If I was to grade Rio I would give it 7/10. It is all there as I have stated and is a very competent feature. It is not in the great realm, but is well above average and is for all ages to enjoy. I think the kiddies won’t be engaged so much dialogue wise as they will be color wise. It is quite something and even the oldies will admire what the makers have achieved. It may have a child like slant but any adult or parent who takes the kids to Rio will also enjoy it enough to make it a pleasant time out for all.

Another good quality animated feature that is for all. While it isn’t in the great league it is certainly among the plethora of very good above average movies making the rounds. Rio can be watched over and over by the kids when released on DVD and not annoy the parents who will more than likely partake! Above average, enjoyable, fun for all.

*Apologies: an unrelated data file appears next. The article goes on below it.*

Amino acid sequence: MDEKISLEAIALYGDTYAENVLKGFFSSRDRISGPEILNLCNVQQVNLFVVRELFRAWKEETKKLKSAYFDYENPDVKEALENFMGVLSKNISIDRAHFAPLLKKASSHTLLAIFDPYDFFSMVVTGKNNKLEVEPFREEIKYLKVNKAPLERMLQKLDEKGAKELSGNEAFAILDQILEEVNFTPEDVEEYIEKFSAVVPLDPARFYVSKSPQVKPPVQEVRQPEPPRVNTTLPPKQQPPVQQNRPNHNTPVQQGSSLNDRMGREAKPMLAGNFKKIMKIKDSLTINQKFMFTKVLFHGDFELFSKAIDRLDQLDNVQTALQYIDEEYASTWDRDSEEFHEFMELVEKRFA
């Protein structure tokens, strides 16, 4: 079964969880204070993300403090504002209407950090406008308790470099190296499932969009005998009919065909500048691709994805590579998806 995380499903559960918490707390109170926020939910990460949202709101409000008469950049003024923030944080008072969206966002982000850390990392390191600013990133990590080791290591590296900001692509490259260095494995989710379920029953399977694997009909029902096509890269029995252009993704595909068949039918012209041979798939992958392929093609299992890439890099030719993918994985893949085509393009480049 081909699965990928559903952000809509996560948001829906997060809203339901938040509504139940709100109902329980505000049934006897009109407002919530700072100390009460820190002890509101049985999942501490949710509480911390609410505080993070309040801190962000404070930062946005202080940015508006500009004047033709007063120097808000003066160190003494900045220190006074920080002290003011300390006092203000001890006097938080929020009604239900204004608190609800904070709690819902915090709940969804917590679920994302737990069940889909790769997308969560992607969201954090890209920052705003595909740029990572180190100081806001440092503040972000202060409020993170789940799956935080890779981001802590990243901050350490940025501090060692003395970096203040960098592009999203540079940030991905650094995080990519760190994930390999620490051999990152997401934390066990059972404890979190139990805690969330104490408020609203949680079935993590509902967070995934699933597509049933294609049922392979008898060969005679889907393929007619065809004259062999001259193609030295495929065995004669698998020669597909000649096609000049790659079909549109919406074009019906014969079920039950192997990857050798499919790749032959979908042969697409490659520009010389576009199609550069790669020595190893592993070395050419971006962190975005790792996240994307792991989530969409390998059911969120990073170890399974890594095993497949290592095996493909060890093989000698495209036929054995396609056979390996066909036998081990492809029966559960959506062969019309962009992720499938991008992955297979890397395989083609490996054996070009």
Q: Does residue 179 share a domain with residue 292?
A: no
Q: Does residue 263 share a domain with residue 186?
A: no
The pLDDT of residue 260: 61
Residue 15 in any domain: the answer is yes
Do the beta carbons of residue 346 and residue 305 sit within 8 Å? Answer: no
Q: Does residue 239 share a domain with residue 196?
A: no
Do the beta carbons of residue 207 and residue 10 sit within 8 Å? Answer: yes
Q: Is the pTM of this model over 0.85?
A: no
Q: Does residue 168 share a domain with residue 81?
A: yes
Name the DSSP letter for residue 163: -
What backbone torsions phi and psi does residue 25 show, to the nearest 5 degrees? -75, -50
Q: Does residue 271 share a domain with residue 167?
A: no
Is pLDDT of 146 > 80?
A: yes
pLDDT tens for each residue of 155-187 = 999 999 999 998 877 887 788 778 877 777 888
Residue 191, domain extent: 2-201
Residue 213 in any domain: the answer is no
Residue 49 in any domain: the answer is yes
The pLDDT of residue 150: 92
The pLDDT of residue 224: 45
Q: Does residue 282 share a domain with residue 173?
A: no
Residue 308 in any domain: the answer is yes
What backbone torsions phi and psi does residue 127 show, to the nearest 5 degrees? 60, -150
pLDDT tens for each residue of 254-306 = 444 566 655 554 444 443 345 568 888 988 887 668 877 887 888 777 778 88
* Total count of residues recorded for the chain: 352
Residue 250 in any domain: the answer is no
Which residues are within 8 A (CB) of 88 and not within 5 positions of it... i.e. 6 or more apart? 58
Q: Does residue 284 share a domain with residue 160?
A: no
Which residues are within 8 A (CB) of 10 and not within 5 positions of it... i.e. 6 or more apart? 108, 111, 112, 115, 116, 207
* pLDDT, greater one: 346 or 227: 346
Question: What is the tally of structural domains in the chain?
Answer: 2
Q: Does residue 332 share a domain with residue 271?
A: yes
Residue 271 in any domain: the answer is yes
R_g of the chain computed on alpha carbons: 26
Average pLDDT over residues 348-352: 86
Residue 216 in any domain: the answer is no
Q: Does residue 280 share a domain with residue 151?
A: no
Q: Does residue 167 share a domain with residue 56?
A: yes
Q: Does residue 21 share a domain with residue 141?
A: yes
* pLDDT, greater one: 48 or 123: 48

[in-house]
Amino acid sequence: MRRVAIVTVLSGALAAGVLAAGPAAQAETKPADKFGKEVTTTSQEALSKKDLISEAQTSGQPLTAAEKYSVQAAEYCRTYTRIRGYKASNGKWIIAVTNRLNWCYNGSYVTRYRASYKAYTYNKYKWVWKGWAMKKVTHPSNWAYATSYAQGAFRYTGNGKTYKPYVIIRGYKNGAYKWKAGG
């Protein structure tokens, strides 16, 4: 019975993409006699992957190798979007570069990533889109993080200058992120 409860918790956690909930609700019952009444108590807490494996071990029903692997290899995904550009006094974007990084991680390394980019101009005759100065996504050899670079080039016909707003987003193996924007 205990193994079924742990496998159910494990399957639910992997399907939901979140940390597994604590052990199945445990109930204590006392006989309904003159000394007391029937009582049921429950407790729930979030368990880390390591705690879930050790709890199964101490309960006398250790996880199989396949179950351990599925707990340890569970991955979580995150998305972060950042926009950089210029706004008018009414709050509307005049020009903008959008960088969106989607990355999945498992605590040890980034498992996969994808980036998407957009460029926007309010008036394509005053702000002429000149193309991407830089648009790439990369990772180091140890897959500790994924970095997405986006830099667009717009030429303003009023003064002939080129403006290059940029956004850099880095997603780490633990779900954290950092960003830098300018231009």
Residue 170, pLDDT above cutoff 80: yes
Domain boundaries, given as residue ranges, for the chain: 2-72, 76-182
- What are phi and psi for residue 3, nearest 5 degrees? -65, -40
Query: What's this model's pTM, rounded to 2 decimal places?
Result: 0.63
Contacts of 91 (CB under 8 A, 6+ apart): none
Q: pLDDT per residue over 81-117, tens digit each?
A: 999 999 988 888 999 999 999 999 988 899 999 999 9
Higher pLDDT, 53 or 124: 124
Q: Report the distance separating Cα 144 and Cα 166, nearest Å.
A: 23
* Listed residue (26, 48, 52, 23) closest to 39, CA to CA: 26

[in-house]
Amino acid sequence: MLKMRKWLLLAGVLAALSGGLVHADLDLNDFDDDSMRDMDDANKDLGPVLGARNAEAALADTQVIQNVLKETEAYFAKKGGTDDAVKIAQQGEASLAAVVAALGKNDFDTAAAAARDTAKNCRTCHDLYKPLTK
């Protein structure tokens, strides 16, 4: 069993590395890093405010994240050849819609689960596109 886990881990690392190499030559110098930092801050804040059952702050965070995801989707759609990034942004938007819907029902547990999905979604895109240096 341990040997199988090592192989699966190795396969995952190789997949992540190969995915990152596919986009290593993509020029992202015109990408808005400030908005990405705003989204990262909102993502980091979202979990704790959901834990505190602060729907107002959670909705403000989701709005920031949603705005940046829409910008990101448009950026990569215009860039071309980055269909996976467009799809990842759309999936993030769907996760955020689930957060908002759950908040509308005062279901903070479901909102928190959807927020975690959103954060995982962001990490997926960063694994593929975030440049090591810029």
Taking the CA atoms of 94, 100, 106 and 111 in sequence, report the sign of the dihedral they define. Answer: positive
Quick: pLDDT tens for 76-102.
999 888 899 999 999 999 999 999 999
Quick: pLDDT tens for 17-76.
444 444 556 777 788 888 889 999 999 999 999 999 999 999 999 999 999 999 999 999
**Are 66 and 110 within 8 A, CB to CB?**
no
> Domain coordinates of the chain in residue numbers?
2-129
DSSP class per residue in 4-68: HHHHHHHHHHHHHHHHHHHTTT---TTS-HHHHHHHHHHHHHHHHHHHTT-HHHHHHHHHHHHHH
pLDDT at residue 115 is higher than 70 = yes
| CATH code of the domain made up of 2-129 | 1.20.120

There’s no place like “Gnome” for Robert Zemeckis

ImageMovers

ImageMovers

Robert Zemeckis will help produce a partly CG-animated adaptation of the humor book How to Survive a Garden Gnome Attack for Sony Pictures Animation.

Zemeckis’ ImageMovers studio will produce the R-rated film with the Gotham Group. Budgeted at between $20 million and $30 million, the movie will also include live action. No screenwriter has been hired as yet.

Zemeckis has not committed to direct his latest film. Reportedly, he’s considering his options after Mars Needs Moms — which he helped direct — tanked at the box office and Disney decided to halt his planned remake of Yellow Submarine. He remains a producer on DreamWorks’ upcoming movie Real Steel, starring Hugh Jackman.

More at the Big Cartoon Forum

Chitty Chitty Death Bang (1990) – Family Guy Cartoon Episode Guide